I see sometimes there is an understanding that when using inequality operators in the where clause, this will make the query optimizer decide to do a table scan for the table or index and will not use seek operations. Sometimes this is called non-SARGable predicate. This blog post is to discuss this understanding, but if you do not have time to read it until the end then this is not true, at least for SQL Server 2008 onward.
For testing this, I created a sample database in a SQL 2012 instance; I used the DMF sys.dm_db_database_page_allocations just to build some data which is only available in 2012 only. You can however copy the objectsPages table to SQL 2008/R2 and you will get the same results. The code below
IF DB_ID('inequality') IS NOT NULL
DROP DATABASE inequality;
CREATE DATABASE inequality;
IF EXISTS(SELECT name FROM sys.tables WHERE name='objectsPages')
DROP TABLE objectsPages;
CREATE TABLE objectsPages
(object_id bigint,index_id int,allocation_unit_id bigint,allocation_unit_type_desc nvarchar(50),allocated_page_iam_page_id bigint,
allocated_page_page_id bigint PRIMARY KEY, is_allocated bit,is_iam_page bit,is_mixed_page_allocation bit)
CREATE INDEX is_iam_page ON objectsPages(is_iam_page);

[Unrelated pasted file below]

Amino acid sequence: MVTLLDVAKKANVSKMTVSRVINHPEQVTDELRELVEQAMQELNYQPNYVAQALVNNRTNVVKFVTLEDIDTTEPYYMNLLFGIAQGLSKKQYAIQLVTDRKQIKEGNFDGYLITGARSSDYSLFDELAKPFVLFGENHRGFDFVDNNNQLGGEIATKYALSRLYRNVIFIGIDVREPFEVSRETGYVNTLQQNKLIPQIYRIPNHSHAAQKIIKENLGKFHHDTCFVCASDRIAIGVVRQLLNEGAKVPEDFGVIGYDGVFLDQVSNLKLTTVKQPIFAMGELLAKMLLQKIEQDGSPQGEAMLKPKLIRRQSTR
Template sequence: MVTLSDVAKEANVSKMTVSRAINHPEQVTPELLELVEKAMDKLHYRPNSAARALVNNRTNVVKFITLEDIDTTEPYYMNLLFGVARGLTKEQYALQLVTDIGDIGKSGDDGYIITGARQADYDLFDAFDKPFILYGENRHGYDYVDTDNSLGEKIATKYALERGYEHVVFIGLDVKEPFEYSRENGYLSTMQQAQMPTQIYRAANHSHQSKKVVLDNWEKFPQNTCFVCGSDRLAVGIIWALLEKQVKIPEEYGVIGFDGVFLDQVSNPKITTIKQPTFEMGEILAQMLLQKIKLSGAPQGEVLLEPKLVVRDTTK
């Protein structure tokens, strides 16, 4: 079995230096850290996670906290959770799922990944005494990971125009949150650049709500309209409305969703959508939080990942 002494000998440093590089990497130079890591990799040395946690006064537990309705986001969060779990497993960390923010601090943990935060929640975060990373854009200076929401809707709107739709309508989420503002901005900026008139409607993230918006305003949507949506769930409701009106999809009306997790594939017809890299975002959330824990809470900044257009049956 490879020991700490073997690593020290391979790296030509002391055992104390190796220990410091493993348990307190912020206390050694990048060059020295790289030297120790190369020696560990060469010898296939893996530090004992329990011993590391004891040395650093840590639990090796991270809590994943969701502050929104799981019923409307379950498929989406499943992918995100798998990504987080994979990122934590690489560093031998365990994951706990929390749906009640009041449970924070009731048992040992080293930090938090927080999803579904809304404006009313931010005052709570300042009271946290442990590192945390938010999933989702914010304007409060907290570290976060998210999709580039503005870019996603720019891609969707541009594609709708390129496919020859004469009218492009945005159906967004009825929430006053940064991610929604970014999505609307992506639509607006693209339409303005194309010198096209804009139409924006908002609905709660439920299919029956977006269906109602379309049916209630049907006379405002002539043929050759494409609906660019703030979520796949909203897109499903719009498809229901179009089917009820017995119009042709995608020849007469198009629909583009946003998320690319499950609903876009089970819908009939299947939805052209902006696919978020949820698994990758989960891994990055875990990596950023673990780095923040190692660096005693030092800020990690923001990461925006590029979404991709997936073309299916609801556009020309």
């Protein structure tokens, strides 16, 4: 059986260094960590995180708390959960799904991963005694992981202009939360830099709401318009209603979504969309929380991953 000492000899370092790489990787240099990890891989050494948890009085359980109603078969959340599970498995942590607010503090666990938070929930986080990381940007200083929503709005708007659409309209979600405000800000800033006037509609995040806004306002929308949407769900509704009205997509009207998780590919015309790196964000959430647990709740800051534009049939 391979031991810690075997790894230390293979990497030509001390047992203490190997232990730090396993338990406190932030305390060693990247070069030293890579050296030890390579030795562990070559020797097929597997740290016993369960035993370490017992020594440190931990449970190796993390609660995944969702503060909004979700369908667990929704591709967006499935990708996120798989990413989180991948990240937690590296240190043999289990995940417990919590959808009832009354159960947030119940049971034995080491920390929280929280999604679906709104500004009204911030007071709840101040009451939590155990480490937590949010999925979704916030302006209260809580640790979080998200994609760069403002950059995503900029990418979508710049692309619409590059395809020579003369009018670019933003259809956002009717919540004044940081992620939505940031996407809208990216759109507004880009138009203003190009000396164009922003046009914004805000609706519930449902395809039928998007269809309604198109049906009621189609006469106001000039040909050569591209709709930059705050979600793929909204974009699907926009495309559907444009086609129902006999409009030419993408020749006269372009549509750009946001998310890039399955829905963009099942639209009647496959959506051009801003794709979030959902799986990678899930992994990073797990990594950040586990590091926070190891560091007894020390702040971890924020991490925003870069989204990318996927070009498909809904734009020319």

CREATE INDEX is_mixed_page_allocation ON objectsPages(is_mixed_page_allocation);
To discuss the SARGability or whether or not SQL Server will consider a predicate as searchable or not, we have to differentiate between two operations
-SQL Server is doing scan (table or index doesn't matter) because the Query Optimizer doesn't know how many rows will be returned
-SQL Server is doing scan because SQL knows how many rows to be returned BUT the cost of scanning is calculated to be less than the cost of seeking
The first case, SQL Server consider the predicate non-SARGable and the second case, SQL Server is capable of seeking but decided to do a scan. Although the output is the same (scan operation) but the reason is totally different.
Now if we tried two queries like
SELECT allocated_page_page_id FROM objectsPages WHERE is_iam_page = 1;
SELECT allocated_page_page_id FROM objectsPages WHERE is_iam_page <> 1;
The execution plan will be as below. Note that in both cases SQL Server used seeks not scanning, and SQL Server can tell the expected number of Rows because we have statistics created with the index and SQL can get the estimates. However SQL Server has to convert the query to be equality by using seek predicates of < and > instead of <> (not equal). You can check that in the seek predicate in the index seek. The part of the execution plan marked with the blue marker is the part where SQL Server prepare the values for > and <
But if we changed the query a little bit and instead of only selecting the clustered index key; selecting the whole table
SELECT * FROM objectsPages WHERE is_iam_page = 1;
SELECT * FROM objectsPages WHERE is_iam_page <> 1;
The execution plan shows in both cases that SQL Server didn't use the predicate and decided to scan the table because the cost of scanning is estimated to be lower than the cost of index seek + key lockups operations. Whether or not we are using inequality is irrelevant in that case.